Free Journal Articles

Over the past few years open access to journal articles has been the hot topic among academic librarians but rarely gets a mention in the public sector. When we receive an article request in our interlibrary loan department we tend to send it straight to the British Library and usually a quality scan appears in my inbox within 24 hours even when using the 3-5 days option. Today I received a list of article requests from a reader that were all from medical journals and decided to investigate whether any could be obtained free online – I found 4 of the 8 and thus saved us approx £20. I also saved the reader £6.00 in request charges which I’m sure she appreciated. Now I’ve had to learn a lot of my ILL skills by trial and error and maybe all the other ILL departments are shaking their heads and muttering at my lack of knowledge but I can’t believe that I’m the only one who doesn’t usually have time to hunt down journal websites in case there may be a free copy of an article out there somewhere.

I guess the point of this rather rambling post is how many students and public library authorities are paying for articles that they could get for free? How easy is it to find free articles? Is PubMedCentral a unique site or are there similar sites out there for other subjects? That’s 3 points, sorry! The Forum for Interlending Conference this year is focussing on equality of access to document delivery and I think these are some questions that I may try to answer before the conference.

So answers on a postcard…


7 responses to “Free Journal Articles

  1. hi Sarah –

    Over the past couple of years, the open access movement has been growing dramatically, so the number of items that can be found for free is substantial, and continues to grow. Many libraries are now incorporating searching for the open access materials into their resource-sharing services. For example, at the consortium where I work, we include the Directory of Open Access Journals and several other lists of open access titles in our knowledgebase, used as a lookup from citation databases.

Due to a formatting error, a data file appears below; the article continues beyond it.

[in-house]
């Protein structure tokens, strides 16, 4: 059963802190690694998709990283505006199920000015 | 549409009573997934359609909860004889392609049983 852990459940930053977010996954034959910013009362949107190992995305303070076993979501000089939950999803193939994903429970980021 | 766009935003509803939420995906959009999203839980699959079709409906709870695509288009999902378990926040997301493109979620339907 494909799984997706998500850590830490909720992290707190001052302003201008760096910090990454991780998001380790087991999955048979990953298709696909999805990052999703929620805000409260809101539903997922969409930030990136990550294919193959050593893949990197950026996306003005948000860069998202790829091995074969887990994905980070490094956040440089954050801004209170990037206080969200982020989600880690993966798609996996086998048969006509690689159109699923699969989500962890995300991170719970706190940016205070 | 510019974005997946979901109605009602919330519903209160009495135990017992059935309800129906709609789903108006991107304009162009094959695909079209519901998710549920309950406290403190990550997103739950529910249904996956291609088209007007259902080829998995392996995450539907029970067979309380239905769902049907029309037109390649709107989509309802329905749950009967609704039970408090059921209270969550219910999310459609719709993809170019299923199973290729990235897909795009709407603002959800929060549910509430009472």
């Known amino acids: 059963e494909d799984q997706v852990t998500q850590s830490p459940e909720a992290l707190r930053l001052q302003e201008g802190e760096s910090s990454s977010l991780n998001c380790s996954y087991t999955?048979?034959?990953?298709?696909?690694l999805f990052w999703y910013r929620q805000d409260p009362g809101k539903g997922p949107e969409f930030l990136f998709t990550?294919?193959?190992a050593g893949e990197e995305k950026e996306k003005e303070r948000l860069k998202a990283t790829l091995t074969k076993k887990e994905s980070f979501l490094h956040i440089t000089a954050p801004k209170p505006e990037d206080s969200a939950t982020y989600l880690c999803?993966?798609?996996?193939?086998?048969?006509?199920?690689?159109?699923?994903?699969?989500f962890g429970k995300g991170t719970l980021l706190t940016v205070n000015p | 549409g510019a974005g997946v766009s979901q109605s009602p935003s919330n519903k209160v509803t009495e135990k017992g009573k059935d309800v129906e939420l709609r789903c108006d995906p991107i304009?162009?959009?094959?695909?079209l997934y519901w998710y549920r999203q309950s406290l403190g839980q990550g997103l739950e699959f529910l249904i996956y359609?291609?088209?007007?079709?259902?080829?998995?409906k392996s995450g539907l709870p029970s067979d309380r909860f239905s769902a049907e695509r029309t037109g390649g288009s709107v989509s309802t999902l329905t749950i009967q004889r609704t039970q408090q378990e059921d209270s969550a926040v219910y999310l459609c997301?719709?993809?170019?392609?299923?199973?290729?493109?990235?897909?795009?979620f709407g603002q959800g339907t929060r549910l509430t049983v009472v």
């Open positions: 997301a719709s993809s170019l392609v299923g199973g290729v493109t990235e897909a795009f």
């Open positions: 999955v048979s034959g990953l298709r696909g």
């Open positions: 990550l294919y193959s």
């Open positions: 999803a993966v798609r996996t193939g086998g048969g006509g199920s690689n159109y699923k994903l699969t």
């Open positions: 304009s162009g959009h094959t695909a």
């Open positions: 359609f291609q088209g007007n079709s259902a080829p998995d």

Searching archives like PubMedCentral is a little trickier, but we do have a google title search setup which often works for this.

    It is becoming more common for resource sharing staff to check for open access copies before placing requests. This saves money, and also means faster and better service for the patron (e.g., while many items are just free and not open access, those that are open access have generous permissions – for example, copying articles for classes without requesting further permissions).

    It is a very good idea for librarians to learn about open access – not only for service, but because we are leaders in advocacy and implementation. A very good place to start is Peter Suber’s Open Access Overview.

    For a librarians-eye-view of open access, see OA Librarian.

    My own blog frequently focuses on open access; my series on The Dramatic Growth of Open Access explains in more detail, with data, the point made above. My blog is The Imaginary Journal of Poetic Economics.

    There are so many resources it would be very hard to cover in one comment, so just one tip for now: theses, so notoriously difficult to obtain by interlibrary loan, are among the items most likely to be found freely available on the web nowadays.

    best wishes,

    Heather Morrison

  2. Hi Heather

    Thank you so much for your comments – I look forward to investigating your links and reading your blog. I’d also be interested to know what you use as a knowledgebase as we lack anything like this at work at the moment.

    Best wishes

  3. Google Scholar will find most things for you, though if they’re sending an ILL request you’d hope they’d have checked there already.

  4. Hi Sarah,

    In my case, I use a bibliographic manager that besides the usual data about the publication, an alternate URL can be added where I usually write down the place where the article can be downloaded for free.

    For instance, Helen Milner’s article “The Digital Divide: The Role of Political Institutions in Technology Diffusion” ( was published in Comparative Political Studies, but can also be accessed (as… “preprint” 😉 in Milner’s site (just follow the previous link to check this).

  5. Sorry, the previous link got somehow cut.

    Here is the correct link.

  6. Thanks ismael – interesting link!

  7. Perhaps you find some of these sources (OA Journals, repositories) on useful to help you to find some useful resources.

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